[00:07:34] I’m curious, though, like, If, if we’re rolling back, it’s like, how does one even figure out the brand? Like we talk about brand, but how do, how do I, how, where does a school start?
[00:07:45] Chelsea: Yeah, so we actually have an entire checklist. That’s kind of like an audit of your brand. You can download it on our website if it’s something that you want to kind of look through yourself.
[00:07:55] But every school needs to take it at a little different aspect. So it’s bringing all the different stories, the different groupings of elements, how things are being done and how they look and going around and just. Seeing also what the buildings look like, what are the schools doing and find the light concepts and bring them together and then start to establish consistency and that you can always have a lot of fun and creativity.
[00:08:20] But you want to think about what are those elements that always sustain your brand, especially if you’re a district, you kind of. sometimes have that district brand, especially if you have multiple um high schools that are feeder schools for elementary, middle school um and beyond instead of one high school that everyone feeds to you will have a bit of competing brands.
[00:08:40] But if you think about co branding things, how can you find an element? How can you find stories the words you use how you speak about things? How can you find those? succinct tailoring of those to be able to see consistency, no matter if it’s in one or two different high schools that have different mascots, but that succinct branding across it.
[00:09:04] And so a lot of times what happens is when you start to look at everything and just. Think about like visually spreading it out, start to bucket things that are alike and find those consistencies together. And that’s super helpful. Find colors that are complimentary to each other. Um, we just had two recent larger districts that wanted to do one, did more of a brand overhaul and the other one wanted to create more of a style guide, kind of bring their brain together and really uncovered that there was this missing.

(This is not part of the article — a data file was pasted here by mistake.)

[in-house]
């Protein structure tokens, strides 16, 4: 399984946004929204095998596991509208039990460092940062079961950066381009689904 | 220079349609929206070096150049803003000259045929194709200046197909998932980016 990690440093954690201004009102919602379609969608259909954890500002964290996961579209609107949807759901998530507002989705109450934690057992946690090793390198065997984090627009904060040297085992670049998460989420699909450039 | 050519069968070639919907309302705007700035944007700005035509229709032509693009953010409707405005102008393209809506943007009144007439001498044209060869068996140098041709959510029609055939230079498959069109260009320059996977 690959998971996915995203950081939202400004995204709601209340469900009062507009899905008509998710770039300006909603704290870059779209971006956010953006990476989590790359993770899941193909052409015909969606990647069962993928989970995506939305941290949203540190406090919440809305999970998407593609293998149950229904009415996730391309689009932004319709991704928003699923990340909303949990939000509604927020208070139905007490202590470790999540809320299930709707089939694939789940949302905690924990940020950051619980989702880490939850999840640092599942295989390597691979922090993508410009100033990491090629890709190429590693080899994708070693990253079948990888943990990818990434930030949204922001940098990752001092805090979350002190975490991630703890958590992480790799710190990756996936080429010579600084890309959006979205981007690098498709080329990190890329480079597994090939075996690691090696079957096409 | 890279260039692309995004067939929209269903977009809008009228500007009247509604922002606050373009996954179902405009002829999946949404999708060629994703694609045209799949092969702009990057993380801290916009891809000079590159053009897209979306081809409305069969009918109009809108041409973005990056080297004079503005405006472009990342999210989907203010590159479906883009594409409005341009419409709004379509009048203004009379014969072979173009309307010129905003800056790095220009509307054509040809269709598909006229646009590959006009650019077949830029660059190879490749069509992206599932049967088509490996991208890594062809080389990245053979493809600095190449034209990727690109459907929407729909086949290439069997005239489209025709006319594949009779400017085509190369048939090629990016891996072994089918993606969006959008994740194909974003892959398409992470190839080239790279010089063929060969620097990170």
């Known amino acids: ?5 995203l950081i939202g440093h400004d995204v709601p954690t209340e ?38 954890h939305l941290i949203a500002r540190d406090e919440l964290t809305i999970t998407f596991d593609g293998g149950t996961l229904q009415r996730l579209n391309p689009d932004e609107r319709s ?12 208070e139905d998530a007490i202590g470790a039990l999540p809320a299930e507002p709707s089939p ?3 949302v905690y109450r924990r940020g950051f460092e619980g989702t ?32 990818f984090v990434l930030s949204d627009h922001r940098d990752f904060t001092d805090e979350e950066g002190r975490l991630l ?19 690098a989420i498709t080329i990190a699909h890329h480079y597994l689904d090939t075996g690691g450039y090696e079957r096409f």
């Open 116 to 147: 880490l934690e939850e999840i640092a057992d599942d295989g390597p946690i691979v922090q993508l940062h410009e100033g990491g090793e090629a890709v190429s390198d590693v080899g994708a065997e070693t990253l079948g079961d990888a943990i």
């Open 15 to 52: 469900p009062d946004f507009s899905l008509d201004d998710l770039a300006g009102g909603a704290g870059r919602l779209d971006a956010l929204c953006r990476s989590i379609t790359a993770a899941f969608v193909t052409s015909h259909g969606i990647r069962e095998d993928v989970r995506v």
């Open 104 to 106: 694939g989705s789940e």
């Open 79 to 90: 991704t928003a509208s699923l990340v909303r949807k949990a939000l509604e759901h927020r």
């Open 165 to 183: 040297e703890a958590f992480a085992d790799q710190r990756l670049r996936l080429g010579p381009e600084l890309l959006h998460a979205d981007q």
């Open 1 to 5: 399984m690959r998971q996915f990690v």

[00:09:35] overarching consistency. They had elements of it, but they were really wanting to push their brand to expand them to make more consistency in there. So you could see the district within the schools and vice versa and be able to work smarter, not harder. And so we looked at that and added some very preliminary complimentary colors that would work throughout all of the different brands within the district that could be subtle and then also picking more of like A decent, bigger, bold color that was complimentary and could transcend all the other brand colors that helped create that.
[00:10:08] And then pulling out pieces of those visual elements, as well as thinking through the words we use when we talk about our students in a certain way. How do we talk about them? What are the words that we use? So we’re being consistent when we talk about our staff. When we Are we in more of a team mentality?
[00:10:26] Are we in more of a mascot mentality? Are, do we have some other branded term that really, um, embodies who we are as staff and faculty and coming in? And then what are our families called? And how do we speak with them, speak about them? Is it more conversational language? Are we a little more, um, plain terminology?
[00:10:48] And then are we thinking about different? Types of people. Are we thinking about the cultures that make up the community? And are we speaking to them in a way that they understand whether it’s translation, cultural needs, diversity? Are we showing people that are truly within and true live people within our district so people can see themselves and even as the leadership?
[00:11:12] Are you, are students able to see themselves in the leadership and where people are coming from? I just had a great conversation the other day. about how they intentionally were bringing together a leadership team so students could see a path that they could follow if they were interested in staying in the schools and felt comfortable being able to have those conversations or have a place to go.
[00:11:34] And so that really brings everything out of your brand. Again, it’s not just the way you look. It’s not just the way you talk about yourselves, but it’s how you make people feel.
[00:11:45] Tara: It’s so comprehensive and I love that you have a sort of a template or a guide that schools can use to go through all of this because it could be scary and overwhelming to undertake something, you know, so comprehensive.
[00:11:57] What are some mistakes that you see schools make them when it